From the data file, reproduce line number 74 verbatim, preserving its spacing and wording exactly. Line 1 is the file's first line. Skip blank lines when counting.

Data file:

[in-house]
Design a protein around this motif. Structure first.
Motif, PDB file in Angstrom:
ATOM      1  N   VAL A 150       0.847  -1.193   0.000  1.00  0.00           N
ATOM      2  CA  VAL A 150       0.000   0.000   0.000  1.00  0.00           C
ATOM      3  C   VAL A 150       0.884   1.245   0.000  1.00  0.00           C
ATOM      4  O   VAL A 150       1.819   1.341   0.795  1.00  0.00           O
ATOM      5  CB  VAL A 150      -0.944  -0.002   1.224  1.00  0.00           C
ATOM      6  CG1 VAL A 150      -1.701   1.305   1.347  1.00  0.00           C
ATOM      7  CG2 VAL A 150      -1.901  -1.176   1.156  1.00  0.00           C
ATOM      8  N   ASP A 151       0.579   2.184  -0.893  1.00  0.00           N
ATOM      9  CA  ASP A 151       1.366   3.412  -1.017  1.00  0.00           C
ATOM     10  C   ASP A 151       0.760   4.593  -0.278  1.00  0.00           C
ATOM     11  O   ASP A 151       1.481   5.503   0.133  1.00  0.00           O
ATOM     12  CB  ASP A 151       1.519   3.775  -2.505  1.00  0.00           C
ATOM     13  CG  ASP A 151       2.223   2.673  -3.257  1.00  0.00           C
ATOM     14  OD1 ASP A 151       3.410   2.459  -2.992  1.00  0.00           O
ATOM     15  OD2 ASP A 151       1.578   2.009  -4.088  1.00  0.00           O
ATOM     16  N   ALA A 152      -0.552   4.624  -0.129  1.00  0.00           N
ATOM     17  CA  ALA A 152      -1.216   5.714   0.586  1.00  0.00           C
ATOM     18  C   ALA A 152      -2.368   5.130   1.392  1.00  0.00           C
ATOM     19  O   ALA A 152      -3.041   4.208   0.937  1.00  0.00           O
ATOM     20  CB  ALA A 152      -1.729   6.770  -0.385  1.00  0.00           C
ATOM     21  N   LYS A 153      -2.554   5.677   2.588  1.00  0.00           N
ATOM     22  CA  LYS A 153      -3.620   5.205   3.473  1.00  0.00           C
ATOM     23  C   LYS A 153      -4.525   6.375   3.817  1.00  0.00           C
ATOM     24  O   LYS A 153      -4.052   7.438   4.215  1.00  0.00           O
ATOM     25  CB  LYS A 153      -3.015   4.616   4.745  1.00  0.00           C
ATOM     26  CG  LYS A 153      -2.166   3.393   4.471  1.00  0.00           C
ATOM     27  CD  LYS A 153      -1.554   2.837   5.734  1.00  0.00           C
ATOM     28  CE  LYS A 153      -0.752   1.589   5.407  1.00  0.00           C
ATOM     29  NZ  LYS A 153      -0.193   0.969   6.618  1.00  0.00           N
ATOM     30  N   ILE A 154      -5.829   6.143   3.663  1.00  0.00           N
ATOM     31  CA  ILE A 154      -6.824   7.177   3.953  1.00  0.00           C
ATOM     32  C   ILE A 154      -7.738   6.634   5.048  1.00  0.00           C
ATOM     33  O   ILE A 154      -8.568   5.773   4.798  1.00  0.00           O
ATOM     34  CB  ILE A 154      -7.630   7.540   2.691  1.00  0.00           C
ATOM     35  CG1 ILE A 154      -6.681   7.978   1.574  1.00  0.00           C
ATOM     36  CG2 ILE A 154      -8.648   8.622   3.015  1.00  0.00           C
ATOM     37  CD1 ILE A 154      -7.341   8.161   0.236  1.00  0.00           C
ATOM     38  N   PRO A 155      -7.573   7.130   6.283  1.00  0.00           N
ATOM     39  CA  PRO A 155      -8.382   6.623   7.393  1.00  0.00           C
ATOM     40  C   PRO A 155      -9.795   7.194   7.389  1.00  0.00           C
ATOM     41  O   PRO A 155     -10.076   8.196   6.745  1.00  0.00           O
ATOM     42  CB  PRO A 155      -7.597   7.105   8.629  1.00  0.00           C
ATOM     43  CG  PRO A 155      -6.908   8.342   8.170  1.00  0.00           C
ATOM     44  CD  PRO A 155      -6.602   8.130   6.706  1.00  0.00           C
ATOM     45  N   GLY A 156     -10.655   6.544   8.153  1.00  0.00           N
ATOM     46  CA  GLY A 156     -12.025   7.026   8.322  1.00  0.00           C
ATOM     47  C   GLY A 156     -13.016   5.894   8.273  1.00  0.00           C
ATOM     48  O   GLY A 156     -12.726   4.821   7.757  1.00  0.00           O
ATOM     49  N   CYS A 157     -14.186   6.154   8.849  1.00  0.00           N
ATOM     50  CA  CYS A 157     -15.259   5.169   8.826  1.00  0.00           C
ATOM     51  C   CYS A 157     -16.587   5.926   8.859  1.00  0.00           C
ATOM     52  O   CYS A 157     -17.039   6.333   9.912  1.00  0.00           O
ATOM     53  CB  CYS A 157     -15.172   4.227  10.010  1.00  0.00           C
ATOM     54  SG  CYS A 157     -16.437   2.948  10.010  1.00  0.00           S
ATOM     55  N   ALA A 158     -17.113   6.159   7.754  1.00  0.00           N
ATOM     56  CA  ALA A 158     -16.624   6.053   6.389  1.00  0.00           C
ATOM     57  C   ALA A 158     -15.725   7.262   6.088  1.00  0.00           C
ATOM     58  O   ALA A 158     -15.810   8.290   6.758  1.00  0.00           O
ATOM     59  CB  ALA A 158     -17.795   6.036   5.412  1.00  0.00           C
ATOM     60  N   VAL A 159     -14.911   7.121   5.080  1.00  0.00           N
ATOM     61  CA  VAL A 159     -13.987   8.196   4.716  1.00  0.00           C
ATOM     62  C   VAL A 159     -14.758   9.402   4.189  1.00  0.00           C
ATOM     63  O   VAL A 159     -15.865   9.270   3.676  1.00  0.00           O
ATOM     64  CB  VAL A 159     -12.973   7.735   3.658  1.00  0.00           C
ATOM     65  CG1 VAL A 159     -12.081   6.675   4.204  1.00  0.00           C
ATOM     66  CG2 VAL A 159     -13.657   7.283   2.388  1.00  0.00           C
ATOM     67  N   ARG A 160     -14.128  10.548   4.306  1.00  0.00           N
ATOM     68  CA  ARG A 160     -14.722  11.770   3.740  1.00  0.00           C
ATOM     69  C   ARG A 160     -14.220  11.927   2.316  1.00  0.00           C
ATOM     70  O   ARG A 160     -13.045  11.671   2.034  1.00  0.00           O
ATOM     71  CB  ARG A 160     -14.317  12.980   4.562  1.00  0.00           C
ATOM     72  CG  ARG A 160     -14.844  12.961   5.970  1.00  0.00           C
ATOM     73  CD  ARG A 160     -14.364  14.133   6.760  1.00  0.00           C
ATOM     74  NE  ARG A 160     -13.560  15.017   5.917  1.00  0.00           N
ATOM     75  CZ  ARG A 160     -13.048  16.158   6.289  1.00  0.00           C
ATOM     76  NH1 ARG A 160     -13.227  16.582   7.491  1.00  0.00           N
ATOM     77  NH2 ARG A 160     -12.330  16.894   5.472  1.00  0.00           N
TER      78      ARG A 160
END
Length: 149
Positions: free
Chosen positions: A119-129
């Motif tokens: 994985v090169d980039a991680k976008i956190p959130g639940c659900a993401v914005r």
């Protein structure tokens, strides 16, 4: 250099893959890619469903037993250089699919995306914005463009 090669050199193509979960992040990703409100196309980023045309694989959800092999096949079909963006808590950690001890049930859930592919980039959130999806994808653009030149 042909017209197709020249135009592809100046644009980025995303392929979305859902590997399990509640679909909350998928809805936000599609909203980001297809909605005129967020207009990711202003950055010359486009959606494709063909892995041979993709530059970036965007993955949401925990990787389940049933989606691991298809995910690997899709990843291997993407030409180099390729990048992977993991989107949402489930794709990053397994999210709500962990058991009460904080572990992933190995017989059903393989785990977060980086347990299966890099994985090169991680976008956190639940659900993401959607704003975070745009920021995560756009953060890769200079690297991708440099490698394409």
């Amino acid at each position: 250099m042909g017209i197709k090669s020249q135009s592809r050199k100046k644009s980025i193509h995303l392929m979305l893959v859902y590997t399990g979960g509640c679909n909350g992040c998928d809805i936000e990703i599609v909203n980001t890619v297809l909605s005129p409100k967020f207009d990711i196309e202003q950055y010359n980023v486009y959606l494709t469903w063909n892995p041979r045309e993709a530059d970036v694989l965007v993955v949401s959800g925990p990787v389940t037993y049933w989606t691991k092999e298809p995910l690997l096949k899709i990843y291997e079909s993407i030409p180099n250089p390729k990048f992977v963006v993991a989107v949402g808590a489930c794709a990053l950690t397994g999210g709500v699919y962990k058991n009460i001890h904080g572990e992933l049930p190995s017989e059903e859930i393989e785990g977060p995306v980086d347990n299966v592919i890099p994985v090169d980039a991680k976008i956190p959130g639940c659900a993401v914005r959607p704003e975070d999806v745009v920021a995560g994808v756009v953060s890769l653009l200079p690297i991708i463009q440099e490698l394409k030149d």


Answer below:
ATOM     71  CB  ARG A 160     -14.317  12.980   4.562  1.00  0.00           C